A safety advisory has been issued by the Federal Motor Carrier Safety Administration for certain cargo tanks manufactured by the now-defunct Keith Huber Incorporated that do not comply with hazmat regulations.
FMCSA says the DOT 407 low-pressure bulk liquid cargo tanks and DOT 412 corrosive cargo tanks manufactured by the company have several defects that don’t comply with regulations. FMCSA says the affected units were manufactured before May 1, 2013, when the company went out of business.
Because the company is out of business, FMCSA says owners of the cargo tanks can either remove the DOT specification plate and take the cargo tank out of hazmat service or have the tanks repaired professionally before continuing use.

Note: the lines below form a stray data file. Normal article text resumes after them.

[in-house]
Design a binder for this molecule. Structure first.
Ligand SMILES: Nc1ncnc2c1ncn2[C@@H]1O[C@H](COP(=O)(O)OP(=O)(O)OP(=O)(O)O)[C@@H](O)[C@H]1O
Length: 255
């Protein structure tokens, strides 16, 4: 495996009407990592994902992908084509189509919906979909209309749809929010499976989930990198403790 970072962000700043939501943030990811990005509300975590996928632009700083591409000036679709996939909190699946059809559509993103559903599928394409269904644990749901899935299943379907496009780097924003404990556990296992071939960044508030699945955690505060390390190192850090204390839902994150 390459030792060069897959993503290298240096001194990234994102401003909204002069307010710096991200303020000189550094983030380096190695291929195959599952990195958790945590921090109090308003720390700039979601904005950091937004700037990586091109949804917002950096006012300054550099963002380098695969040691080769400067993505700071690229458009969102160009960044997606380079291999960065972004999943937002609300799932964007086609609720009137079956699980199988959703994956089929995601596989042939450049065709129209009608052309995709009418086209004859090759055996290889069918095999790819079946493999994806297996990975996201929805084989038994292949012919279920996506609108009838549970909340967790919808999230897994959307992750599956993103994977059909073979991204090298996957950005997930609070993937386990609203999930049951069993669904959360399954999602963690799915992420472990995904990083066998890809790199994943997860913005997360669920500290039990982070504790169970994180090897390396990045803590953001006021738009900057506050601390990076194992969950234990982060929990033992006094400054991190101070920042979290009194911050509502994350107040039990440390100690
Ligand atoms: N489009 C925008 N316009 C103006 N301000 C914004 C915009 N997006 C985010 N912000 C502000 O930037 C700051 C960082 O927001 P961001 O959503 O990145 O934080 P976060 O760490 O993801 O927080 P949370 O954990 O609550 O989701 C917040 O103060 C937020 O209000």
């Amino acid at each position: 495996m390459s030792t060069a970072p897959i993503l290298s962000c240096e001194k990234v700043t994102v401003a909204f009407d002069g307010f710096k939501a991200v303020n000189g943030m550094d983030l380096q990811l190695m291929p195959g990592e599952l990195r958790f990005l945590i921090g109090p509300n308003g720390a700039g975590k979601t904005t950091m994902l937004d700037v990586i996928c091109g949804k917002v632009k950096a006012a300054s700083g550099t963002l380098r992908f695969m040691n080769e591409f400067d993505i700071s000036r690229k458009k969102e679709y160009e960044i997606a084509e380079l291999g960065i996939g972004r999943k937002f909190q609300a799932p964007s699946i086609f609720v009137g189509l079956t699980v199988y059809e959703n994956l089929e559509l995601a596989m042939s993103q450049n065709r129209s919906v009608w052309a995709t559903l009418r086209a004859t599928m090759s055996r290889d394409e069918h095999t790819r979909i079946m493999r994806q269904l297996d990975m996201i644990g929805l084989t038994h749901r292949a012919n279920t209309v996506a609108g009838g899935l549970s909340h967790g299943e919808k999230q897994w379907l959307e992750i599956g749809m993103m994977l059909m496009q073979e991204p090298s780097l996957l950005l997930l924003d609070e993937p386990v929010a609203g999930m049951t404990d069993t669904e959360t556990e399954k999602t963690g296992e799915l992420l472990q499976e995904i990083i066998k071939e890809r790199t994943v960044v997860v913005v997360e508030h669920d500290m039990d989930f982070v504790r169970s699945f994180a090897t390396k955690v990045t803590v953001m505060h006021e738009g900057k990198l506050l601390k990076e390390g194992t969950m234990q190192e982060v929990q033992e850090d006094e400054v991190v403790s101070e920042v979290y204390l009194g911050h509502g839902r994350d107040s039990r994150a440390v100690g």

Required repairs include replacing the rear end protection device with one that’s compliant with hazmat regulations, including certification by a Design Certifying Engineer; having a registered inspector install a fusible element, if necessary; and install mounting pads for the internal baffle attachments.
FMCSA says continued use of the tanks for hazmat service is prohibited until repaired, and owners are subject to penalties if caught using the tanks.
The agency clarifies that cargo tanks manufactured by Keith Huber Corporation, a separate entity still in business, on or after May 1, 2013, are not affected by the safety advisory. The full safety advisory can be seen here.